Undermining border security

The Precautionary Principle is also invoked by environmental groups that are working with open-border advocates intent on stopping construction of a security fence on the U.S.-Mexico border. Under the guise of wilderness protection, they are pushing for legislation that could result in an accelerated flow of illegal immigration, drug smuggling and human trafficking from Mexico into Arizona, according to law enforcement experts familiar with the terrain.

Rep. Raul Grijalva, D-Ariz., sponsored two bills in 2009 that could have been used to prevent federal and state law enforcement officials from patrolling an already porous border area that extends from Sonora, Mexico, into Santa Cruz County, Ariz. Grijalva wanted to extend federal wilderness protection to 84,000 acres of the Tumacacori Highlands.

The area within the Coronado National Forest is adjacent to an already designated wilderness area running along the Mexican border.

Zack Taylor, a retired U.S. Border Patrol officer, is alarmed.

He says giving the area the legal cover of a “wilderness” designation could have the practical effect of pushing the Mexican border 30 miles northward. Taylor says U.S. border agents have to move fast along the U.S.-Mexico border to be effective. But Grijalva’s bills would create a “safe haven” for smugglers and drug dealers.

“Each stretch of the border has its own solution,” he explained. “Once you have success in catching smugglers and illegal aliens at a particular crossing point the next group simply moves laterally along the line, and then the border patrol must respond. They [smugglers and illegal aliens] are the ones who decide where the Border Patrol works, not the Border Patrol.”

But even without any new legislation, the environmental restrictions already in place work to the great disadvantage of America’s national security, Rep. Ted Poe, R-Texas, explained in an interview.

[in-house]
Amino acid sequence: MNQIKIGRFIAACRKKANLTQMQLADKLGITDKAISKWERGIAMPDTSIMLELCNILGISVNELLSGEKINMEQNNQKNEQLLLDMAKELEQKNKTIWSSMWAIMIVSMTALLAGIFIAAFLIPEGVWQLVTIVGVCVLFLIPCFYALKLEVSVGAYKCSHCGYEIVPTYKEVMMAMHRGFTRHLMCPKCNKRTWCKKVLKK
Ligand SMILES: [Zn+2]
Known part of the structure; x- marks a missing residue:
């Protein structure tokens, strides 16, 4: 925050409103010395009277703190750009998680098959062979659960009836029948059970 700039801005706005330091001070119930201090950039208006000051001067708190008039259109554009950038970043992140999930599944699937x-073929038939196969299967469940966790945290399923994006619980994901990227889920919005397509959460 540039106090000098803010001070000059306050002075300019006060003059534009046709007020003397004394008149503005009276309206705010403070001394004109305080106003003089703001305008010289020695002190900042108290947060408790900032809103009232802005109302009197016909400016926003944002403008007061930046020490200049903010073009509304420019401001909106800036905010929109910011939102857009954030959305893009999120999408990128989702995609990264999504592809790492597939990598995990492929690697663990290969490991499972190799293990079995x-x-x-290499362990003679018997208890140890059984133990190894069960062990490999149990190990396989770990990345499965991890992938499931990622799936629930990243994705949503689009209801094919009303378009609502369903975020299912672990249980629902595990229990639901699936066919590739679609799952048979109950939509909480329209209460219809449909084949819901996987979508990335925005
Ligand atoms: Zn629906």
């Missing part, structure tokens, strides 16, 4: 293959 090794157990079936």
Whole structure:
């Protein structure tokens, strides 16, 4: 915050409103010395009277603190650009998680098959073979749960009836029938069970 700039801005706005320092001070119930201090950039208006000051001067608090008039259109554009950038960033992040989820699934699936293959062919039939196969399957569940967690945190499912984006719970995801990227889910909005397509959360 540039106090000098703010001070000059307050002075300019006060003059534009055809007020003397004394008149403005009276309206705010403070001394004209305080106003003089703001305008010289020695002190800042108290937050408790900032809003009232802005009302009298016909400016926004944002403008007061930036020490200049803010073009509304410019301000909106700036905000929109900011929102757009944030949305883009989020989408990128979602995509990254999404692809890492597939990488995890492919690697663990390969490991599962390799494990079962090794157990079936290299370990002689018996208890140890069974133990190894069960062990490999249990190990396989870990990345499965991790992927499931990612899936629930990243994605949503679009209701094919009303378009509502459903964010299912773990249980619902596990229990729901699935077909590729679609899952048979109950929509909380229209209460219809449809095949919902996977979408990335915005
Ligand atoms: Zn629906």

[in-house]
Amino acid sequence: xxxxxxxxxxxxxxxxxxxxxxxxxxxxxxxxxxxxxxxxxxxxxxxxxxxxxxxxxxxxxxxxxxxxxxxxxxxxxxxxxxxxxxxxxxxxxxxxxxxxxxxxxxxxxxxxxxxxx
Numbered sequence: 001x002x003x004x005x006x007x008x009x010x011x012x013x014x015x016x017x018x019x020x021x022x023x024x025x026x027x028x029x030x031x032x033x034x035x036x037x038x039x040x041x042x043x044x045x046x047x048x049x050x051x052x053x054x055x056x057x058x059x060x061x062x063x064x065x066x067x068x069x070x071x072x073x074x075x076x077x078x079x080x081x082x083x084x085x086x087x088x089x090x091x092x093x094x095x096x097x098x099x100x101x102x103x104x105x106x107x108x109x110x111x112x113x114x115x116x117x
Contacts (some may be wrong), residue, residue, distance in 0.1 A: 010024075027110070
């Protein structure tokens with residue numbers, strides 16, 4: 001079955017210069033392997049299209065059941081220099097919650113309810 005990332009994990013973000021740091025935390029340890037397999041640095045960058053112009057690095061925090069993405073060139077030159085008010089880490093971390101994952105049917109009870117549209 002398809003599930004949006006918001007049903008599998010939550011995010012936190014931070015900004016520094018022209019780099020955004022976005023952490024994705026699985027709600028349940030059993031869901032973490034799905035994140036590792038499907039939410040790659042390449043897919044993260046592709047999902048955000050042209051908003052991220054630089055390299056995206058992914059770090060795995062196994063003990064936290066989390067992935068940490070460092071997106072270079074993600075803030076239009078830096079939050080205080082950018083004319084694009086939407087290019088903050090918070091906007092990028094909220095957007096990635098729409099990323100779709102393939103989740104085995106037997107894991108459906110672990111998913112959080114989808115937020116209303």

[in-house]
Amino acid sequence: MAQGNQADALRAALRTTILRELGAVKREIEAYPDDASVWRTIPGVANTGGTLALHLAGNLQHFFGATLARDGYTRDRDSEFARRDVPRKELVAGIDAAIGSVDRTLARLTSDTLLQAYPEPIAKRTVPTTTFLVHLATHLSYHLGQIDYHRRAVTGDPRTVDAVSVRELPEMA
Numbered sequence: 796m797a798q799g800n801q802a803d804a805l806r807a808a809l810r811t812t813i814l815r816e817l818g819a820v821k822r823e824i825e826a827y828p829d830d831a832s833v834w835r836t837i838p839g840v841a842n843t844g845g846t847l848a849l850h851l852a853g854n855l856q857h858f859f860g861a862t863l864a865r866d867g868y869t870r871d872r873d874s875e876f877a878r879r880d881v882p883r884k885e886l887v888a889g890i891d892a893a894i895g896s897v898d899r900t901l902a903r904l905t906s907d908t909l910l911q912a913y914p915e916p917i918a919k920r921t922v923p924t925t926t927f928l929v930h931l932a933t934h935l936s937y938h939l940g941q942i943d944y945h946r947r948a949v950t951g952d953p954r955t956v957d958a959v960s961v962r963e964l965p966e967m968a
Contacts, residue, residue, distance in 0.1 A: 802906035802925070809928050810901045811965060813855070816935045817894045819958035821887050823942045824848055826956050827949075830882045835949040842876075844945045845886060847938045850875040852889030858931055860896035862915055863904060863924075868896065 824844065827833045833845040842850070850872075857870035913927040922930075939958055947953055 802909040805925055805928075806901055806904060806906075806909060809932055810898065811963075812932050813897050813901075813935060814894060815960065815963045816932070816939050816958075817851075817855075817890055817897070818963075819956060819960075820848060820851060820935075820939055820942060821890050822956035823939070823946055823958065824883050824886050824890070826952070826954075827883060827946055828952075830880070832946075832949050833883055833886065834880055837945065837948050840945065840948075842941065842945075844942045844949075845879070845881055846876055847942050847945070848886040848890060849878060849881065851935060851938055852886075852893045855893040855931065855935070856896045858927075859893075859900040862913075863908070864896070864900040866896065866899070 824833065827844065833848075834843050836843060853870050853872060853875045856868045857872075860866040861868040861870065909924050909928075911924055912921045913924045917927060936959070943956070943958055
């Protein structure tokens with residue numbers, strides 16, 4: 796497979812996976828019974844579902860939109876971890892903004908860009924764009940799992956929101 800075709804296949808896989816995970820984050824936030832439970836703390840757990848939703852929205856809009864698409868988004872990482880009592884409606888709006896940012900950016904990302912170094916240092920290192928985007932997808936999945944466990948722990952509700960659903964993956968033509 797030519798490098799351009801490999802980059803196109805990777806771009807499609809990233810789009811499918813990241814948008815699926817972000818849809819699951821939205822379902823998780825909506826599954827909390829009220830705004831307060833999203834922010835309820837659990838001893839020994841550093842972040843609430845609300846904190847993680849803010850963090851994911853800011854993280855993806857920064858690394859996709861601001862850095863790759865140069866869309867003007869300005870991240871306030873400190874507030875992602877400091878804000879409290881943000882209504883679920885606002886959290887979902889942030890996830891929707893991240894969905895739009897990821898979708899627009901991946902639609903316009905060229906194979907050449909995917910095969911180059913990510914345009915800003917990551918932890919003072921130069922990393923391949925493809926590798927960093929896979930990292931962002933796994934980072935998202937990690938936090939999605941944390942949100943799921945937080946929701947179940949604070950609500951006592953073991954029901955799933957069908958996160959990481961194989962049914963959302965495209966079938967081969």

“The drug cartels love our wilderness designation areas on the border because that’s where they can cross,” Poe observed. “They know our border protections have restrictions and that they cannot use four-wheelers in certain areas, and they have to go on horseback or on foot. But, the drug cartels did not get the memo about protecting the environment. We see everything discarded along these routes, all kinds of debris. These [environmental] designations give the cartels a way to come into the U.S.”

Poe continued: “The intentions of the environmentalists may be good, but their policy is failing. If we allowed the border patrol to do its job, the result would be less environmental damage, and improved national security.”

The status of the Keystone Pipeline XL, which would stretch from the oil sand fields in Alberta, Canada, to refineries in the southern U.S., has been source of continued tension between the Obama administration and Republican lawmakers on Capitol Hill.

TransCanada, the company overseeing the project, recently submitted a new application, which included a revised pathway that would avoid parts of Nebraska. Poe anticipates that there could be severe geopolitical ramifications for the U.S. if the project is blocked.

“You cannot really separate the national security questions from the economic,” he said. “We should deal more with Canada and Mexico. If we use our own God-given resources, and develop them in a safe way, then we can find ways to make the turmoil in the Middle East less relevant to our energy needs.”

American workers will lose out if the Keystone Pipeline does not move forward, Poe added, because Canada most likely will sell the crude oil to China. He also said the impact could be particularly severe in Port Arthur, Texas, which is part of his district.

“Port Arthur, Texas, is the refinery capital of world,” he said.

The impact of environmentalism on American national security has also figured into the Republican primary contest between incumbent Sen. Richard Lugar and Richard Mourdock, a tea party favorite, who is currently the state treasurer. Mourdock won a resounding victory in the primary, sending Lugar home after more than three decades in Washington.

“The irony is that it is own energy policy that is threat to our national security, not climate reality,” Mourdock said during a conference call. “We are basing our energy policy on the greatest hoax of all time, which is that mankind is changing climate.”

Mourdock also criticized Lugar for backing the Law of Sea Treaty.

“Unlike Sen. Lugar I do not view the United Nations as the answer to every international problem,” he said. “He doesn’t think the U.S. should ever act unilaterally.”

Get the truth about global warming, from “The Greatest Hoax: How the global Warming Conspiracy Threatens Your Future” by Sen. James Inhofe and “Eco-Tyranny: How the Left’s Green Agenda will Dismantle America and “Climategate: A Veteran Meteorologist Exposes the Global Warming Scam” by Brian Sussman.


Note: Read our discussion guidelines before commenting.